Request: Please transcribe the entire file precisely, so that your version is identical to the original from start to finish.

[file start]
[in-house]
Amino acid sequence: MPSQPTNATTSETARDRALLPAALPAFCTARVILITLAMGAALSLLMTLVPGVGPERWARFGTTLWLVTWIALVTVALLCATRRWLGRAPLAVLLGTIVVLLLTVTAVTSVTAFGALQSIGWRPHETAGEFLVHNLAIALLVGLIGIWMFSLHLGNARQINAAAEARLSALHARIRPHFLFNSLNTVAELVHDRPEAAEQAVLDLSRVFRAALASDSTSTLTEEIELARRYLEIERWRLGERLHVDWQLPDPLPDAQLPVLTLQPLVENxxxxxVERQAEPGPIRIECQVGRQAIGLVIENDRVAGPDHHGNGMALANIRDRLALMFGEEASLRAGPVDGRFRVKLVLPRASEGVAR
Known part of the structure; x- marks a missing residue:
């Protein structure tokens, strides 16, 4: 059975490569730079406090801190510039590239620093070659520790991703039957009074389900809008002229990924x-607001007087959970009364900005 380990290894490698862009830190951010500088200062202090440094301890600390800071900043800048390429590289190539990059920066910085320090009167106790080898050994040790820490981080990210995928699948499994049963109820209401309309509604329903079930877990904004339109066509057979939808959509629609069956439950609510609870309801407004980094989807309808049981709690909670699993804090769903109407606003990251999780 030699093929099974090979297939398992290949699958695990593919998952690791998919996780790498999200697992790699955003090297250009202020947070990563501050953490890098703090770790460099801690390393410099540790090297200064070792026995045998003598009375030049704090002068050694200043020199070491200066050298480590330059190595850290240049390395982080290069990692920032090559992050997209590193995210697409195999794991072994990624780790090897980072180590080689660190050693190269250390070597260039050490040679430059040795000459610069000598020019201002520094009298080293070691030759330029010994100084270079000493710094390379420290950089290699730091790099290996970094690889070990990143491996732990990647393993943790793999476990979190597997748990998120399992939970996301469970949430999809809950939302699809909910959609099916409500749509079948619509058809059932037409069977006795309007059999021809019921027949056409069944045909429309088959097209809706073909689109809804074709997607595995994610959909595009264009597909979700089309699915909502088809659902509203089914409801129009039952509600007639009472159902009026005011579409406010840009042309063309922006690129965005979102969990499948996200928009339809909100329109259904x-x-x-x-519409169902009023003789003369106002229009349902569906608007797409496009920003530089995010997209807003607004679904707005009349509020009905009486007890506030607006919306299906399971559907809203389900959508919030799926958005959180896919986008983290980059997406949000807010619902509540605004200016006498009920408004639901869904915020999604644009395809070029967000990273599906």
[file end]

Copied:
[in-house]
Amino acid sequence: MPSQPTNATTSETARDRALLPAALPAFCTARVILITLAMGAALSLLMTLVPGVGPERWARFGTTLWLVTWIALVTVALLCATRRWLGRAPLAVLLGTIVVLLLTVTAVTSVTAFGALQSIGWRPHETAGEFLVHNLAIALLVGLIGIWMFSLHLGNARQINAAAEARLSALHARIRPHFLFNSLNTVAELVHDRPEAAEQAVLDLSRVFRAALASDSTSTLTEEIELARRYLEIERWRLGERLHVDWQLPDPLPDAQLPVLTLQPLVENxxxxxVERQAEPGPIRIECQVGRQAIGLVIENDRVAGPDHHGNGMALANIRDRLALMFGEEASLRAGPVDGRFRVKLVLPRASEGVAR
Known part of the structure; x- marks a missing residue:
């Protein structure tokens, strides 16, 4: 059975490569730079406090801190510039590239620093070659520790991703039957009074389900809008002229990924x-607001007087959970009364900005 380990290894490698862009830190951010500088200062202090440094301890600390800071900043800048390429590289190539990059920066910085320090009167106790080898050994040790820490981080990210995928699948499994049963109820209401309309509604329903079930877990904004339109066509057979939808959509629609069956439950609510609870309801407004980094989807309808049981709690909670699993804090769903109407606003990251999780 030699093929099974090979297939398992290949699958695990593919998952690791998919996780790498999200697992790699955003090297250009202020947070990563501050953490890098703090770790460099801690390393410099540790090297200064070792026995045998003598009375030049704090002068050694200043020199070491200066050298480590330059190595850290240049390395982080290069990692920032090559992050997209590193995210697409195999794991072994990624780790090897980072180590080689660190050693190269250390070597260039050490040679430059040795000459610069000598020019201002520094009298080293070691030759330029010994100084270079000493710094390379420290950089290699730091790099290996970094690889070990990143491996732990990647393993943790793999476990979190597997748990998120399992939970996301469970949430999809809950939302699809909910959609099916409500749509079948619509058809059932037409069977006795309007059999021809019921027949056409069944045909429309088959097209809706073909689109809804074709997607595995994610959909595009264009597909979700089309699915909502088809659902509203089914409801129009039952509600007639009472159902009026005011579409406010840009042309063309922006690129965005979102969990499948996200928009339809909100329109259904x-x-x-x-519409169902009023003789003369106002229009349902569906608007797409496009920003530089995010997209807003607004679904707005009349509020009905009486007890506030607006919306299906399971559907809203389900959508919030799926958005959180896919986008983290980059997406949000807010619902509540605004200016006498009920408004639901869904915020999604644009395809070029967000990273599906």